Not to mention the fact that the governing body of college sports is blaming the lawyers for all of this. Highlighting the fact that the lawyers handling the EA lawsuit can see up to $15 million for their services. The NCAA complaining about lawyers getting paid for their services is the most ironic, bitter, and classless thing a group of people could ever say. Except we already know the NCAA, and they don’t really represent class at all. They represent universities and their goal of making cash off the backs of other’s hard work. Even the idea that the NCAA is mad at another group of people for profiting off of these student-athletes is more ironic than Alanis Morissette’s Ironic song not having actual ironic examples in it. Really, the NCAA is just mad that this EA lawsuit result has set a precedent. That student-athletes are owed money. But the truth of the matter is it doesn’t matter that they have to pay student-athletes. It is that they, the almighty NCAA, might have to.

Under no circumstances will we allow the proposed agreement between EA and plaintiff’s lawyers to negatively impact the eligibility of any student-athlete.

– NCAA Statement

There is another similar video game lawsuit on the horizon. This one is not against EA sports, but against the NCAA itself. Meaning the NCAA will be left holding the bag if the court rules in the players’ favor. If they are this mad over the EA lawsuit, one could only imagine how upset they will be when someone who has more power than them, tell it, they are required by law to give those powerless, voiceless, used, student-athletes some cash.

As previously admitted, this is all low hanging fruit. We all know the jig by now. It is not like we could have expected the NCAA to say, “By all means. EA has caved and gave the kids the money they are owed? Let’s do it too.” It has gotten to the point, however, where this song and dance has grown tiresome. So tiresome, in fact, that no one outside the really dedicated seem to care anymore. Which is probably something the NCAA has hoped for all along. Drag all these lawsuits through the mud, take as much time as possible, money people to death, and just hope everything goes away.

It isn’t going away. The fact that it has taken this long for the ball to get rolling against the NCAA is a shame. I can’t imagine having to tell my daughters that there was a time, as recently as the moment this is published, that billions and billions of dollars were made off of unpaid laborers. That, the people who (didn’t?) employed these people claimed that the same free education they gave these student-athletes when it was only a millions-of-dollars-a-year business is the same benefit given to them when it hit the billions.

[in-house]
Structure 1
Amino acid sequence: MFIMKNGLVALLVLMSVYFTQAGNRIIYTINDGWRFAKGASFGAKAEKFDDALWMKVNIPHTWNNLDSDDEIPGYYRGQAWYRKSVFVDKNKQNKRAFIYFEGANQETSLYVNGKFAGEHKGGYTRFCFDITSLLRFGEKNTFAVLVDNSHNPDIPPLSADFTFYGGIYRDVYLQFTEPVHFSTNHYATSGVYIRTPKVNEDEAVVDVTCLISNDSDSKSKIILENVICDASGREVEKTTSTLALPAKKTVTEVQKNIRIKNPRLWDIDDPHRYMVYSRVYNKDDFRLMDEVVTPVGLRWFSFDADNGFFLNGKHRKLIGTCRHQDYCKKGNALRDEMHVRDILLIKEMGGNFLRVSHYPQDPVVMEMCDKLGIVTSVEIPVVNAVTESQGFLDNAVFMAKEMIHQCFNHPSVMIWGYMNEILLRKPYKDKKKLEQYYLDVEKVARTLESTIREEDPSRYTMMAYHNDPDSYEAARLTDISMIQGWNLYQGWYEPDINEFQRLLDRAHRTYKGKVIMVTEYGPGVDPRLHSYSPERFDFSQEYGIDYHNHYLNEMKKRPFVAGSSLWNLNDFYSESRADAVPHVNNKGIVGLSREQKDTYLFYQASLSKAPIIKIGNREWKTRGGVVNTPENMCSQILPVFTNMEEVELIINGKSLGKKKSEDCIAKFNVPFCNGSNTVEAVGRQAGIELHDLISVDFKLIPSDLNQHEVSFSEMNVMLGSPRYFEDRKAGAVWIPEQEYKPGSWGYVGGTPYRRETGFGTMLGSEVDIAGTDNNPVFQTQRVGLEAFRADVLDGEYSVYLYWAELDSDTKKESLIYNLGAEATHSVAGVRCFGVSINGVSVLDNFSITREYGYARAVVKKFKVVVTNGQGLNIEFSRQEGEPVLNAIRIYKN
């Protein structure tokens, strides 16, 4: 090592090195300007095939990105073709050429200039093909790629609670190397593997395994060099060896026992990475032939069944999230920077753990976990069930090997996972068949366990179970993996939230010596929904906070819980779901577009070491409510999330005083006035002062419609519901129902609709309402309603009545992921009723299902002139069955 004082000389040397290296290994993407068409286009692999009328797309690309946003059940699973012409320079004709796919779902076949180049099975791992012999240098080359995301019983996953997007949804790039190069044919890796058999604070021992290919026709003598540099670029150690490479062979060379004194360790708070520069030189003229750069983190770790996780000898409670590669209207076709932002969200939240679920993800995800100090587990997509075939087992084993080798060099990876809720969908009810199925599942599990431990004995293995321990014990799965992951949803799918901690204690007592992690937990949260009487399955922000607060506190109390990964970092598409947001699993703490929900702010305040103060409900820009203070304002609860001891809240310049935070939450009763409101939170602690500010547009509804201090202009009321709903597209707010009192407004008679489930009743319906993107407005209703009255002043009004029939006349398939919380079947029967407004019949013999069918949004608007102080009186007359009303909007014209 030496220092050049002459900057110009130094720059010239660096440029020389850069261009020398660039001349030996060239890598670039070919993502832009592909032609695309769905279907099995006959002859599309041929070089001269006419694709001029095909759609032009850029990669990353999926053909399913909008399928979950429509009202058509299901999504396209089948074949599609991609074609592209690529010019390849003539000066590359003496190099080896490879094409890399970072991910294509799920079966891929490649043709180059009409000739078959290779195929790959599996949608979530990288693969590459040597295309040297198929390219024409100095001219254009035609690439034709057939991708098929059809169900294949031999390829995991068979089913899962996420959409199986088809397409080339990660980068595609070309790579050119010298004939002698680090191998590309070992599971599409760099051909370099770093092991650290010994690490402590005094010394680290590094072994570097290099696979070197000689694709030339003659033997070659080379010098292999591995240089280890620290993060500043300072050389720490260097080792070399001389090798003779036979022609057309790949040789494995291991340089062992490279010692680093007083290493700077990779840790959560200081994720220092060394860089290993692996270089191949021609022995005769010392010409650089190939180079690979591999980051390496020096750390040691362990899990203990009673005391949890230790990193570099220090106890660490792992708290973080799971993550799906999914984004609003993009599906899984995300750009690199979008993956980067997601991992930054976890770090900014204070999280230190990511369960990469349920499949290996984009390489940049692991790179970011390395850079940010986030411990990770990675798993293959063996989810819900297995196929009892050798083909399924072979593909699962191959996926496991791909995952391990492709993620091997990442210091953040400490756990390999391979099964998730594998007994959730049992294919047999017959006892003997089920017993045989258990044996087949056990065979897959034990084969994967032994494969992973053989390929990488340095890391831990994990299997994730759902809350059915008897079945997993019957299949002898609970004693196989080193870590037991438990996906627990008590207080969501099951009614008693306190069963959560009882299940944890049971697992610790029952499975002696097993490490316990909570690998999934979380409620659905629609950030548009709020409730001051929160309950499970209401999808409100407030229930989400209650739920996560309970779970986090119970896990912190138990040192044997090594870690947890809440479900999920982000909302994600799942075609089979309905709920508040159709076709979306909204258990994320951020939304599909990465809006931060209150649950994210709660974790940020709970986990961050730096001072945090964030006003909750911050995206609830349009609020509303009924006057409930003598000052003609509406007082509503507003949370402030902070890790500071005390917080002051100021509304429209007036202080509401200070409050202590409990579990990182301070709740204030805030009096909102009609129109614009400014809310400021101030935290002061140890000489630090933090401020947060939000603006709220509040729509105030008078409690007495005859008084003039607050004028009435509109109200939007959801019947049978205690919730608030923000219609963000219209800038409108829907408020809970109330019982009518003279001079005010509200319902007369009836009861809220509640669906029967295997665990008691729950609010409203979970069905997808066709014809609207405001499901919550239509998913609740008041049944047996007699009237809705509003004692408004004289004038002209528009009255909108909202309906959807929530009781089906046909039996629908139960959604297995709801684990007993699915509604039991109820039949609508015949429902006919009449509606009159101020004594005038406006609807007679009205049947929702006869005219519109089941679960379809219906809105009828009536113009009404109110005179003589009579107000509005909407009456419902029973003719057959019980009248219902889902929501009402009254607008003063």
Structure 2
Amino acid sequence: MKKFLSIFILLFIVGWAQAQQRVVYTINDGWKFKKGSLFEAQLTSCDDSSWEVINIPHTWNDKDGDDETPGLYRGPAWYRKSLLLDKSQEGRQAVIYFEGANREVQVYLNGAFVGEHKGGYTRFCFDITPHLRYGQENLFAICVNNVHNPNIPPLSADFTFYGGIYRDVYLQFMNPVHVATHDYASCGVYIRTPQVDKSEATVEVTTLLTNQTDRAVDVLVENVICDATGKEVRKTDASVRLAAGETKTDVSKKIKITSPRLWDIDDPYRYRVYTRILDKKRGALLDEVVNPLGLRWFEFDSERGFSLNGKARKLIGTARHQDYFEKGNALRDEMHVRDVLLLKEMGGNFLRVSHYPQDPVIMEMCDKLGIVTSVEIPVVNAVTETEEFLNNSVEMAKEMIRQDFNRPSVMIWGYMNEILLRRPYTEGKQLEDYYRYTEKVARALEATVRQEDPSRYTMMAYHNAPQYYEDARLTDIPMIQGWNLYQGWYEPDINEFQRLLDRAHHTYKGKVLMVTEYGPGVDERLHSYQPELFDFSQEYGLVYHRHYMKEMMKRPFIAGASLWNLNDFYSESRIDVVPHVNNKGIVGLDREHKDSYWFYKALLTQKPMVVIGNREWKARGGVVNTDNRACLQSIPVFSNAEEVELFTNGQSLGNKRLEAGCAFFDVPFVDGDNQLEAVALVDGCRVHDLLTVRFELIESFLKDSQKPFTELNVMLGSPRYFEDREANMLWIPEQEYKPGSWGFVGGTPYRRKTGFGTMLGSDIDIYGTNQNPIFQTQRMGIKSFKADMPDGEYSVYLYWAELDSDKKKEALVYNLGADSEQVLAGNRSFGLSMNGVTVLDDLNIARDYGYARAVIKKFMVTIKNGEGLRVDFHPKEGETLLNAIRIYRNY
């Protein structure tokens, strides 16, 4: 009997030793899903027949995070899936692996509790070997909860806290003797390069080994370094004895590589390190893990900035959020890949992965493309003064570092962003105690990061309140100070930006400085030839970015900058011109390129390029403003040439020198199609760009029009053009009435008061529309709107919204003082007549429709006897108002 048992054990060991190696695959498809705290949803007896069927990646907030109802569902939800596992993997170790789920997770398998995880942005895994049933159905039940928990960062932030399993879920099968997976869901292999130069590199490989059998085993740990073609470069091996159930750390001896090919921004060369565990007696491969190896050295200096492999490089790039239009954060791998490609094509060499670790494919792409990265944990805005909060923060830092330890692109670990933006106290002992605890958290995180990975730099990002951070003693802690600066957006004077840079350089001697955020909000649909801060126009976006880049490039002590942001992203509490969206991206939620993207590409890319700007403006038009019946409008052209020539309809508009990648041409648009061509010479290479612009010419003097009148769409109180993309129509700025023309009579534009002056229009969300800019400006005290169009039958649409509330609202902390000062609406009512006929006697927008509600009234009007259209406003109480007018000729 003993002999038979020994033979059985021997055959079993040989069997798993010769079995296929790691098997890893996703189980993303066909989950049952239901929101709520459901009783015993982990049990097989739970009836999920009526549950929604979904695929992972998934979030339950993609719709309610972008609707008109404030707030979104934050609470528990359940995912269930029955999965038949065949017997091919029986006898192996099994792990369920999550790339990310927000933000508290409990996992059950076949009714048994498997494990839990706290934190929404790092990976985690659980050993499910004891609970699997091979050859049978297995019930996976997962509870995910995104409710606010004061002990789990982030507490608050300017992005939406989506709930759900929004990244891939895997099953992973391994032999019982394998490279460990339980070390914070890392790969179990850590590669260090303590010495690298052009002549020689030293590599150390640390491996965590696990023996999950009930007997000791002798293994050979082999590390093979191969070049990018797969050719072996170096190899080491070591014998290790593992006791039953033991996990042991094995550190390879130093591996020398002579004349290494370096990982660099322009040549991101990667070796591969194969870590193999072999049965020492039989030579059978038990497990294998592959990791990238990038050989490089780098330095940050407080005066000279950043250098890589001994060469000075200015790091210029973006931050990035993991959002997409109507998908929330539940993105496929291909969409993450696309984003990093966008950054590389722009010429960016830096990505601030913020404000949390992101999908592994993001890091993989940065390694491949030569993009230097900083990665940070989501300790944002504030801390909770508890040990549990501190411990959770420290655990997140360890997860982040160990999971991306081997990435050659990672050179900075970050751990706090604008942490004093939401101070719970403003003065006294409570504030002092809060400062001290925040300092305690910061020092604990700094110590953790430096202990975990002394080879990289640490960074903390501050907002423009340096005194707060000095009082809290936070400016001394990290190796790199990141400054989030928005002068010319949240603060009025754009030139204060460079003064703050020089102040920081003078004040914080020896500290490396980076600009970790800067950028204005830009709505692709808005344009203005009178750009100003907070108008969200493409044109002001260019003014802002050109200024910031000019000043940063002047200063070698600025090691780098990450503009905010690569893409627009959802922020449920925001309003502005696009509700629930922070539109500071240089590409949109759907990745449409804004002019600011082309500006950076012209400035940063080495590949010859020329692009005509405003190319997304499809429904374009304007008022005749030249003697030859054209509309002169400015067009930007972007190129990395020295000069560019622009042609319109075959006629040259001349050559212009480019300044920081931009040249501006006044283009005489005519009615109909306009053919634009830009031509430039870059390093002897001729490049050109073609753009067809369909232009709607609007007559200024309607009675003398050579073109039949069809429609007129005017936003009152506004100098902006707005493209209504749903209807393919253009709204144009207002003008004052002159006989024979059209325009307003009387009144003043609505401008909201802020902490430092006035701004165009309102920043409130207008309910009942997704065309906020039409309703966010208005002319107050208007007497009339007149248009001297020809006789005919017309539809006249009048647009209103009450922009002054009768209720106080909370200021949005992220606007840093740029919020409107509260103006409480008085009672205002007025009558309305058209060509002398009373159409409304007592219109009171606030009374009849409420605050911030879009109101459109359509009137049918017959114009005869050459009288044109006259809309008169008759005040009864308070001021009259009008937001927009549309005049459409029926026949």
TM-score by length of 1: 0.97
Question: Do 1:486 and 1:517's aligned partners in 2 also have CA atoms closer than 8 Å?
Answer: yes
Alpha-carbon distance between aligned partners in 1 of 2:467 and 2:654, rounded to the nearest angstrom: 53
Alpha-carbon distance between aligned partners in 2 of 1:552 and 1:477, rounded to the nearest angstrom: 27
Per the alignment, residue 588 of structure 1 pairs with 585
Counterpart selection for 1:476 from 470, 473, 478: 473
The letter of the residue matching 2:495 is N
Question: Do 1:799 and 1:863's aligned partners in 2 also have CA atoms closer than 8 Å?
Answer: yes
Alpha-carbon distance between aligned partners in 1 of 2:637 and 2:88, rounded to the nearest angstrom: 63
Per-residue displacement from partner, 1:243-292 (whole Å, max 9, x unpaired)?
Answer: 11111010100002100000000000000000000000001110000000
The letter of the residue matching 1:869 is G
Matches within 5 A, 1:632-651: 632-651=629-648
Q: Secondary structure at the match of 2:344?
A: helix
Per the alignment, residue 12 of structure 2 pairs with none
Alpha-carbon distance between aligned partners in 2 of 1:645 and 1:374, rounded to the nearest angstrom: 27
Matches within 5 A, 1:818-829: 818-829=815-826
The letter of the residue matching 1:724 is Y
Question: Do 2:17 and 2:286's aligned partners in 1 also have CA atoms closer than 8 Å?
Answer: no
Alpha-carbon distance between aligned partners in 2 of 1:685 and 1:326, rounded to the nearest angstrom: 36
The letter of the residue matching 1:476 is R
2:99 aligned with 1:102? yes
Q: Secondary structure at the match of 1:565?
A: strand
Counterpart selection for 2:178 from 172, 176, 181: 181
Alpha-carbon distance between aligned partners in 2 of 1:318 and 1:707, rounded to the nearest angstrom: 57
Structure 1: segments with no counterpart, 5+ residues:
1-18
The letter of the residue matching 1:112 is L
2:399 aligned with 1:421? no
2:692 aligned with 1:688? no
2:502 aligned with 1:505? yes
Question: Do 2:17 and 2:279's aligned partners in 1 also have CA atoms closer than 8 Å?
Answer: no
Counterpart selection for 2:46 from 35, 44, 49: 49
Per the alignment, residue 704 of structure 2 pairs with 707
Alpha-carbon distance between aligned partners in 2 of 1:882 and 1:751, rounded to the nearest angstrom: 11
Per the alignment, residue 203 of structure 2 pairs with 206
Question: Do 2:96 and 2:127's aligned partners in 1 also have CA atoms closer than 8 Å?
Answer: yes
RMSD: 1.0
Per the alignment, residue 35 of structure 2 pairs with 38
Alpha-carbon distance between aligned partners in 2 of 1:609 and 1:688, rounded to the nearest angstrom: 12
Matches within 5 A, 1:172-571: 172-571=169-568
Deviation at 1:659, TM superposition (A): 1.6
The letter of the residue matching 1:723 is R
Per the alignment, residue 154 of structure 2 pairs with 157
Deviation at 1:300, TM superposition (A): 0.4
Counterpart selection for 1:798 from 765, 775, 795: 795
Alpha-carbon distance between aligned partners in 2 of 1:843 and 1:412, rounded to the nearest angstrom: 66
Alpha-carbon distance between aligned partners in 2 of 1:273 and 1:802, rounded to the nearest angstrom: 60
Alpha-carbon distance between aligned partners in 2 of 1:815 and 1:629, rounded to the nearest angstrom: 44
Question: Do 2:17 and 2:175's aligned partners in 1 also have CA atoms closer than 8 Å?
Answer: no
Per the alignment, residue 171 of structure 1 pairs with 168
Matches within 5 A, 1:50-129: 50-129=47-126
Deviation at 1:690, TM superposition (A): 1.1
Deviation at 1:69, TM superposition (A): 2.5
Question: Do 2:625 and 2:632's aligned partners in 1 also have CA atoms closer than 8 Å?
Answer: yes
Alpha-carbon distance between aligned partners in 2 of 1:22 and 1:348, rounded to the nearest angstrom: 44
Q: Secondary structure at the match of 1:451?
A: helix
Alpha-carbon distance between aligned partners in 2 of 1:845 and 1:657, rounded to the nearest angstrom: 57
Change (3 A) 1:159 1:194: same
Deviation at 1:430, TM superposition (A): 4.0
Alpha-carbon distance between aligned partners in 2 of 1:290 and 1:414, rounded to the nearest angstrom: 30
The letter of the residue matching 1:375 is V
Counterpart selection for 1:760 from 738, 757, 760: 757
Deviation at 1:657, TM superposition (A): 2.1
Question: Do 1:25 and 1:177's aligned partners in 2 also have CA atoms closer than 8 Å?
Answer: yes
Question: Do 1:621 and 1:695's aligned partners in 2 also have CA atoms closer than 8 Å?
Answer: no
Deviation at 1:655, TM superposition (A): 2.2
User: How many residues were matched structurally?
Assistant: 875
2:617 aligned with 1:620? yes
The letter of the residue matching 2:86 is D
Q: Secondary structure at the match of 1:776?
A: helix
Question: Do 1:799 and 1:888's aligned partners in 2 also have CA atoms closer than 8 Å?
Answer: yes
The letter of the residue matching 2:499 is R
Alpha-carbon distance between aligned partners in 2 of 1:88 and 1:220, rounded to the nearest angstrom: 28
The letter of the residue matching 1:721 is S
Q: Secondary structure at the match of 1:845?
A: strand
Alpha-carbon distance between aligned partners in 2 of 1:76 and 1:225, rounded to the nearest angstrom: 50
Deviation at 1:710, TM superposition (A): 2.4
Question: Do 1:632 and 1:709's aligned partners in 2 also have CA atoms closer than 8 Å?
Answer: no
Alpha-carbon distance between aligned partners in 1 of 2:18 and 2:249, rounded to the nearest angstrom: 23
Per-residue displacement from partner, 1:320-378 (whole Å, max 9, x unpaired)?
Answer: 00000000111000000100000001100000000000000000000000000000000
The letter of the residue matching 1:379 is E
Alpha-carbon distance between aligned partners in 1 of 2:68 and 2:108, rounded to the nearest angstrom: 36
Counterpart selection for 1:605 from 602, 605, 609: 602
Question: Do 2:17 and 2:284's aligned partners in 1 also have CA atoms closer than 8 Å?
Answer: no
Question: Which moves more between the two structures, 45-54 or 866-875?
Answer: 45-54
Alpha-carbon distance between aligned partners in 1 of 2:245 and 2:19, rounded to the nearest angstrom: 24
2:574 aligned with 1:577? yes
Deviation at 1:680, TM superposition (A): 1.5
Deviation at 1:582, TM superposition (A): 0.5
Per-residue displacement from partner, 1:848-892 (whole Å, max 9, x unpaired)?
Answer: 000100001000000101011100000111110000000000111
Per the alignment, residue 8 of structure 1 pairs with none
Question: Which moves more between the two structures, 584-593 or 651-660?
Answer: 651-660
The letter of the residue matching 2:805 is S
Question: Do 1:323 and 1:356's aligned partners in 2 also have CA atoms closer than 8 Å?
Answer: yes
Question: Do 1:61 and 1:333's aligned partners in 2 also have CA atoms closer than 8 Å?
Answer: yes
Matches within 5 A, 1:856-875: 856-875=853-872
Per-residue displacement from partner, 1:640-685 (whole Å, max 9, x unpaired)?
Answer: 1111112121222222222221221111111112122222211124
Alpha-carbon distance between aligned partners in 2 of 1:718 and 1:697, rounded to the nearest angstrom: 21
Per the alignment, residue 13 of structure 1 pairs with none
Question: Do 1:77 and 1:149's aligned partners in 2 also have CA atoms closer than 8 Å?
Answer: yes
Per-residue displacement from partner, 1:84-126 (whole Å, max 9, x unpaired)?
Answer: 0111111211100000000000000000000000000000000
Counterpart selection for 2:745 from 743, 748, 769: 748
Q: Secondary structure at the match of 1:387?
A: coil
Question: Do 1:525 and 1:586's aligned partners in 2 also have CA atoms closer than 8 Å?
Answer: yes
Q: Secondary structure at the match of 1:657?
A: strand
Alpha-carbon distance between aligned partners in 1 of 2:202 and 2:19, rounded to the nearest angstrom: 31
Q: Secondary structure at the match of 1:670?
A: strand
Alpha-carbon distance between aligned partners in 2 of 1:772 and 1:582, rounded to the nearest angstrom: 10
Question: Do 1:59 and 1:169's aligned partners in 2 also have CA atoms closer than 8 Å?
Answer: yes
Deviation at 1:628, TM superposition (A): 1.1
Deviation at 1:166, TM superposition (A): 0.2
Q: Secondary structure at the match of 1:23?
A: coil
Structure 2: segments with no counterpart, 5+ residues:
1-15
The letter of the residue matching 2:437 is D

But yawn, though — right? What about your kids? The regular people’s children? Whatever, man. Tell them…No, tell yourself to get good at something. Throw better, read better, just be better. It is about time we start to acknowledge that everyone isn’t the same. That the world is only fair in the sense that the elite get the most of the money, benefits, etc., and the regular folk are left scrapping. It is that way in capitalistic America and it should be that way in a billion dollar sport. It shouldn’t be the opposite because a, magically, non-profit is built off a foundation of abuse, lies, scams, and sleight of hand.

Amateurism isn’t real. It never was. The NCAA continues to push their agenda via self-serving tweets, commercials and near propaganda like conferences.  Between jealousy, fear of change, and uneducated opinions, everyone has let this thing go on for far too long. We should ALL be ashamed of ourselves.

Yes, even the almighty NCAA.

Tags: EA Lawsuit Ncaa O'Bannon Lawsuit